Wyden, Merkley Tell Ag Dept. That Proposed New Rule Could Hurt Oregon Onion Producers

Washington, D.C. – U.S. Senators Ron Wyden and Jeff Merkley today raised concerns with the U.S. Department of Agriculture (USDA) that a proposed new federal rule could hurt U.S. onion growers in Eastern Oregon and nationwide by letting foreign producers unfairly flood the domestic market.

The letter from Wyden and Merkley to USDA Secretary Tom Vilsack covers the proposed elimination of what’s known as Federal Marketing Order 959.

“Eastern Oregon and Idaho together make up one of the largest onion-producing regions in the United States. The region’s producers follow Federal Marketing Order 958 for grade and inspection requirements, but also rely on Marketing Order 959 to ensure those grade and inspection requirements are followed year-round,” Wyden and Merkley wrote. “Removing Marketing Order 959 opens the door to imported onions being allowed to flood the US market without the protection of the close monitoring, regulation and inspection that will still be required of US onion producers.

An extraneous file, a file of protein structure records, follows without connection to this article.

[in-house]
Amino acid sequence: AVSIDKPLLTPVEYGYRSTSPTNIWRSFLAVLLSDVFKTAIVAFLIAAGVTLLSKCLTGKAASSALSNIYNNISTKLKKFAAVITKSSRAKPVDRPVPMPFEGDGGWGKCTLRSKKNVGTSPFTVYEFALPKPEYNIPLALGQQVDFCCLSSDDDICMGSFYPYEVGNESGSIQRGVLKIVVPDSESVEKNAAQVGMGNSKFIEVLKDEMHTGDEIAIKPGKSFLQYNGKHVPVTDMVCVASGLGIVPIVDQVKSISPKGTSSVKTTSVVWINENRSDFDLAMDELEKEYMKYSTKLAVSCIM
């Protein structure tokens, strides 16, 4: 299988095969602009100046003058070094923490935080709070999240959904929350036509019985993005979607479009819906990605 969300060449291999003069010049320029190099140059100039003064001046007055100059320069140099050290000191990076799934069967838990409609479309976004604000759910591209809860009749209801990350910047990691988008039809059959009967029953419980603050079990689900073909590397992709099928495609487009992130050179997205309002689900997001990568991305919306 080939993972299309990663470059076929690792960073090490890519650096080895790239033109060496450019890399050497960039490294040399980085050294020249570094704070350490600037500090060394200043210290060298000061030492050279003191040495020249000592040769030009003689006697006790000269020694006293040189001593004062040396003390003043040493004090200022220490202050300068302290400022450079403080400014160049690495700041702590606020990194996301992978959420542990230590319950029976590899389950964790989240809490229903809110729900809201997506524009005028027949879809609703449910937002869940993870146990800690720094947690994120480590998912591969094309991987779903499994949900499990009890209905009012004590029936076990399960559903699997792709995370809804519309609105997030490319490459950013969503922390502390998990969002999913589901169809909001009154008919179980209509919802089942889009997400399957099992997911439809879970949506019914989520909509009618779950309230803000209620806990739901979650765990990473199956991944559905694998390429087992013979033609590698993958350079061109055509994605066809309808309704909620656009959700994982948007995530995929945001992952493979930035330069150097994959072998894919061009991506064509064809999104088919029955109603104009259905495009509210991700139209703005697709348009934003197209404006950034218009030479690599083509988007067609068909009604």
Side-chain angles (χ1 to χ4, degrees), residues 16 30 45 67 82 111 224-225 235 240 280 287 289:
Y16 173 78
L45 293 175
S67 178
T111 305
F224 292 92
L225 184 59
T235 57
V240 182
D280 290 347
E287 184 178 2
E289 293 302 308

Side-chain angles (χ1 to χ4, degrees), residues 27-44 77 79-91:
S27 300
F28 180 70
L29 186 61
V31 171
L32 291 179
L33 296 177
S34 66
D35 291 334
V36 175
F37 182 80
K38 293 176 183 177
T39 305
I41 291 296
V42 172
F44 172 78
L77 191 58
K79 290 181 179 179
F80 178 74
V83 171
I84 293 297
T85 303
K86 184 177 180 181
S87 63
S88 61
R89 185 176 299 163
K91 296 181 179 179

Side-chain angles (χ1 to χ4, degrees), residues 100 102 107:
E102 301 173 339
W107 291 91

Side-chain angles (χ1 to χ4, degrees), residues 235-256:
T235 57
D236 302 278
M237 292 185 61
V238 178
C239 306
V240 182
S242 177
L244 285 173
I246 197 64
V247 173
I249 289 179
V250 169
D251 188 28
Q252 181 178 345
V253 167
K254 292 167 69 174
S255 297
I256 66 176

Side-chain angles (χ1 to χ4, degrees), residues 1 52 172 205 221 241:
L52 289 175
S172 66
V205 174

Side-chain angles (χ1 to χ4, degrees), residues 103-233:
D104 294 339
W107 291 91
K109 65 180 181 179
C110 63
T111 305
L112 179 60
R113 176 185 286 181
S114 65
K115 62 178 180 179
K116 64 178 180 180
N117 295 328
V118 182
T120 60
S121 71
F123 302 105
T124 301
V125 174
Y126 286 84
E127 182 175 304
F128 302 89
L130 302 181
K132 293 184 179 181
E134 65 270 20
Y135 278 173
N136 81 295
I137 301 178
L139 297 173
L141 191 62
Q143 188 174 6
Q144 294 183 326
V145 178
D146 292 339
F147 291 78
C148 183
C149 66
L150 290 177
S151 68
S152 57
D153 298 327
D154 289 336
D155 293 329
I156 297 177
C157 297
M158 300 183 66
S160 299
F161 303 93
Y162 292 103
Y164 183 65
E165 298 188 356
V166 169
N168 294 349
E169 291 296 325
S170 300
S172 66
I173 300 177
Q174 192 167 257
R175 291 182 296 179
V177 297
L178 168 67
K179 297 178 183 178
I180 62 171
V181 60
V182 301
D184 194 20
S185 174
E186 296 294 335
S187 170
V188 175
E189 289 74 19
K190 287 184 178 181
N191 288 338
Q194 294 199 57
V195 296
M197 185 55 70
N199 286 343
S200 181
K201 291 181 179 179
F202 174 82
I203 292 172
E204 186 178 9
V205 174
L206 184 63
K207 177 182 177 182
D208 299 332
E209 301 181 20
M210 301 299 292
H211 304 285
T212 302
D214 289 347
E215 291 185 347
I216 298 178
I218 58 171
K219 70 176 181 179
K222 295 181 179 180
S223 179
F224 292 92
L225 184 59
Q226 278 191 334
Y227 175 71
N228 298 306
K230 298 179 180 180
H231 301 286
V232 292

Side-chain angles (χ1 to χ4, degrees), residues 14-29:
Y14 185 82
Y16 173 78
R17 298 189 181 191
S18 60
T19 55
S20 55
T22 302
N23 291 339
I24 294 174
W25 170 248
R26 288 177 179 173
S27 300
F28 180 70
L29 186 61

“Onion producers in the United States work tirelessly to ensure their products are safe, healthy, and meet necessary federal requirements,” the Oregon senators wrote. “Allowing foreign produce to be sold without the same expectation and expense would be a severe detriment to domestic producers and markets.   We request that the USDA ensure that fair competition between domestic and foreign produce continues either by reinstating Marketing Order #959 or extending the standards through a different method, such as extending Marketing Order #958 year-round.”

Wyden and Merkley also asked that the comment period for this proposed rule change be extended by an additional 30 days from its current Oct. 4 date so onion producers have sufficient opportunity to weigh in on the proposed rule change and the industry effects. 

The entire letter is here.